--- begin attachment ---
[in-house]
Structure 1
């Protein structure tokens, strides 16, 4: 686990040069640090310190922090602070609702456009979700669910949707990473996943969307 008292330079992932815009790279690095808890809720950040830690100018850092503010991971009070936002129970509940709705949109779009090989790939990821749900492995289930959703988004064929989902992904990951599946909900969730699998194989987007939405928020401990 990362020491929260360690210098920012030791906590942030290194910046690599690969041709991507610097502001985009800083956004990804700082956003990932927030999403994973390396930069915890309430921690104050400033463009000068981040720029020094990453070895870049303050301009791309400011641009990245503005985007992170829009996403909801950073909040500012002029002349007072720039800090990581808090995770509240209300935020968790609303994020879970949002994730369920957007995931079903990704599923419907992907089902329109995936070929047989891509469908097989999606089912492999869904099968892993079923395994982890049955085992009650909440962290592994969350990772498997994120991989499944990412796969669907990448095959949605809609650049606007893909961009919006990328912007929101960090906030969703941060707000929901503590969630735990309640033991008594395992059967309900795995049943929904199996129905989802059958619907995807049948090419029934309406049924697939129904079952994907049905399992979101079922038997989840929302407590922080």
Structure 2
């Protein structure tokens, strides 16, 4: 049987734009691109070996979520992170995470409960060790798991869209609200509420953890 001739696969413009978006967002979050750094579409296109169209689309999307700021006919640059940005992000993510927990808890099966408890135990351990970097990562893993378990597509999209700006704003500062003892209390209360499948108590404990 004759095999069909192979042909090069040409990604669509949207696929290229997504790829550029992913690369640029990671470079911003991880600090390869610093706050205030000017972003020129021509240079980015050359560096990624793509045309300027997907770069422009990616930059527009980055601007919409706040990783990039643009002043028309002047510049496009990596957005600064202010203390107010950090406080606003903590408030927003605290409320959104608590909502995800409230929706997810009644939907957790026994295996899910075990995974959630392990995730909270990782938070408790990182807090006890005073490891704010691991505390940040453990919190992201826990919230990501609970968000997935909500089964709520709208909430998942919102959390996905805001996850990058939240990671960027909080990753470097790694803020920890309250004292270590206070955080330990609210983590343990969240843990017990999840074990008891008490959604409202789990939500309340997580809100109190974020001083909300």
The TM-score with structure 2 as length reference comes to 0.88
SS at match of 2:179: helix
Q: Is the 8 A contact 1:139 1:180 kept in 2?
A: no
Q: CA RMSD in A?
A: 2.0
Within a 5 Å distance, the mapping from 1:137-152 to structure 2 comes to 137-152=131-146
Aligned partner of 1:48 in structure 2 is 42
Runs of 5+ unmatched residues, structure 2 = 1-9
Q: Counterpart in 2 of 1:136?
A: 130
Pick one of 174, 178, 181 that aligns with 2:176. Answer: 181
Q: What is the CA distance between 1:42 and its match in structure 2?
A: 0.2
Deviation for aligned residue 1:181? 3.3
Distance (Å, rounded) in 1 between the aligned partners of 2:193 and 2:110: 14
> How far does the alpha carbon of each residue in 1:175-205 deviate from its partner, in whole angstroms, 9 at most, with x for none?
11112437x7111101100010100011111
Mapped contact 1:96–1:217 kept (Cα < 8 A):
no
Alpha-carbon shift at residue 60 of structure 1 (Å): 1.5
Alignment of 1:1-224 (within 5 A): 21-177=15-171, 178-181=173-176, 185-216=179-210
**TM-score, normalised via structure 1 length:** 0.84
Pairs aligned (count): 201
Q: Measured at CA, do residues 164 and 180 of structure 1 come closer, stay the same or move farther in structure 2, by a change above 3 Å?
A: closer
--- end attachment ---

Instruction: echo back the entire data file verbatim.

[in-house]
Structure 1
């Protein structure tokens, strides 16, 4: 686990040069640090310190922090602070609702456009979700669910949707990473996943969307 008292330079992932815009790279690095808890809720950040830690100018850092503010991971009070936002129970509940709705949109779009090989790939990821749900492995289930959703988004064929989902992904990951599946909900969730699998194989987007939405928020401990 990362020491929260360690210098920012030791906590942030290194910046690599690969041709991507610097502001985009800083956004990804700082956003990932927030999403994973390396930069915890309430921690104050400033463009000068981040720029020094990453070895870049303050301009791309400011641009990245503005985007992170829009996403909801950073909040500012002029002349007072720039800090990581808090995770509240209300935020968790609303994020879970949002994730369920957007995931079903990704599923419907992907089902329109995936070929047989891509469908097989999606089912492999869904099968892993079923395994982890049955085992009650909440962290592994969350990772498997994120991989499944990412796969669907990448095959949605809609650049606007893909961009919006990328912007929101960090906030969703941060707000929901503590969630735990309640033991008594395992059967309900795995049943929904199996129905989802059958619907995807049948090419029934309406049924697939129904079952994907049905399992979101079922038997989840929302407590922080």
Structure 2
């Protein structure tokens, strides 16, 4: 049987734009691109070996979520992170995470409960060790798991869209609200509420953890 001739696969413009978006967002979050750094579409296109169209689309999307700021006919640059940005992000993510927990808890099966408890135990351990970097990562893993378990597509999209700006704003500062003892209390209360499948108590404990 004759095999069909192979042909090069040409990604669509949207696929290229997504790829550029992913690369640029990671470079911003991880600090390869610093706050205030000017972003020129021509240079980015050359560096990624793509045309300027997907770069422009990616930059527009980055601007919409706040990783990039643009002043028309002047510049496009990596957005600064202010203390107010950090406080606003903590408030927003605290409320959104608590909502995800409230929706997810009644939907957790026994295996899910075990995974959630392990995730909270990782938070408790990182807090006890005073490891704010691991505390940040453990919190992201826990919230990501609970968000997935909500089964709520709208909430998942919102959390996905805001996850990058939240990671960027909080990753470097790694803020920890309250004292270590206070955080330990609210983590343990969240843990017990999840074990008891008490959604409202789990939500309340997580809100109190974020001083909300």
The TM-score with structure 2 as length reference comes to 0.88
SS at match of 2:179: helix
Q: Is the 8 A contact 1:139 1:180 kept in 2?
A: no
Q: CA RMSD in A?
A: 2.0
Within a 5 Å distance, the mapping from 1:137-152 to structure 2 comes to 137-152=131-146
Aligned partner of 1:48 in structure 2 is 42
Runs of 5+ unmatched residues, structure 2 = 1-9
Q: Counterpart in 2 of 1:136?
A: 130
Pick one of 174, 178, 181 that aligns with 2:176. Answer: 181
Q: What is the CA distance between 1:42 and its match in structure 2?
A: 0.2
Deviation for aligned residue 1:181? 3.3
Distance (Å, rounded) in 1 between the aligned partners of 2:193 and 2:110: 14
> How far does the alpha carbon of each residue in 1:175-205 deviate from its partner, in whole angstroms, 9 at most, with x for none?
11112437x7111101100010100011111
Mapped contact 1:96–1:217 kept (Cα < 8 A):
no
Alpha-carbon shift at residue 60 of structure 1 (Å): 1.5
Alignment of 1:1-224 (within 5 A): 21-177=15-171, 178-181=173-176, 185-216=179-210
**TM-score, normalised via structure 1 length:** 0.84
Pairs aligned (count): 201
Q: Measured at CA, do residues 164 and 180 of structure 1 come closer, stay the same or move farther in structure 2, by a change above 3 Å?
A: closer